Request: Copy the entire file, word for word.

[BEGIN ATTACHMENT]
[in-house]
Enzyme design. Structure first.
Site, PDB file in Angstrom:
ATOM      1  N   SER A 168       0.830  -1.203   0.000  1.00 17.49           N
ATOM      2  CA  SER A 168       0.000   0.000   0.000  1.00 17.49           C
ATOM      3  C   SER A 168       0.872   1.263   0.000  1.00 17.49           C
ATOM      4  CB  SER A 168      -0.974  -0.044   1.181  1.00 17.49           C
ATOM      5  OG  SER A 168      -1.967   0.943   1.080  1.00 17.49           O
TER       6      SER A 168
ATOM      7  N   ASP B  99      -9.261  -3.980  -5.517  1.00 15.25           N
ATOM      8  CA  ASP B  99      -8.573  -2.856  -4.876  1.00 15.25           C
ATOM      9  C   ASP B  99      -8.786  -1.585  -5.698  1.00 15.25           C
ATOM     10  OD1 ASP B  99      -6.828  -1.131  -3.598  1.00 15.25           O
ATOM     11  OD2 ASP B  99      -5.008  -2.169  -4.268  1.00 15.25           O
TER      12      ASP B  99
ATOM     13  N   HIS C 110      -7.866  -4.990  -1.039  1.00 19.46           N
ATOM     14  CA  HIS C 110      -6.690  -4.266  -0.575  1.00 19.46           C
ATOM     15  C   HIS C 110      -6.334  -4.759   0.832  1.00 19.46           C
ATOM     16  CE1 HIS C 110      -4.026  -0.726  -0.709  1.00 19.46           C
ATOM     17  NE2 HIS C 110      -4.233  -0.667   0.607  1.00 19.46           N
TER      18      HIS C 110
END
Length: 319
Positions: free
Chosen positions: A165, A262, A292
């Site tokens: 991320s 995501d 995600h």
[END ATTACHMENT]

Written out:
[in-house]
Enzyme design. Structure first.
Site, PDB file in Angstrom:
ATOM      1  N   SER A 168       0.830  -1.203   0.000  1.00 17.49           N
ATOM      2  CA  SER A 168       0.000   0.000   0.000  1.00 17.49           C
ATOM      3  C   SER A 168       0.872   1.263   0.000  1.00 17.49           C
ATOM      4  CB  SER A 168      -0.974  -0.044   1.181  1.00 17.49           C
ATOM      5  OG  SER A 168      -1.967   0.943   1.080  1.00 17.49           O
TER       6      SER A 168
ATOM      7  N   ASP B  99      -9.261  -3.980  -5.517  1.00 15.25           N
ATOM      8  CA  ASP B  99      -8.573  -2.856  -4.876  1.00 15.25           C
ATOM      9  C   ASP B  99      -8.786  -1.585  -5.698  1.00 15.25           C
ATOM     10  OD1 ASP B  99      -6.828  -1.131  -3.598  1.00 15.25           O
ATOM     11  OD2 ASP B  99      -5.008  -2.169  -4.268  1.00 15.25           O
TER      12      ASP B  99
ATOM     13  N   HIS C 110      -7.866  -4.990  -1.039  1.00 19.46           N
ATOM     14  CA  HIS C 110      -6.690  -4.266  -0.575  1.00 19.46           C
ATOM     15  C   HIS C 110      -6.334  -4.759   0.832  1.00 19.46           C
ATOM     16  CE1 HIS C 110      -4.026  -0.726  -0.709  1.00 19.46           C
ATOM     17  NE2 HIS C 110      -4.233  -0.667   0.607  1.00 19.46           N
TER      18      HIS C 110
END
Length: 319
Positions: free
Chosen positions: A165, A262, A292
């Site tokens: 991320s 995501d 995600h």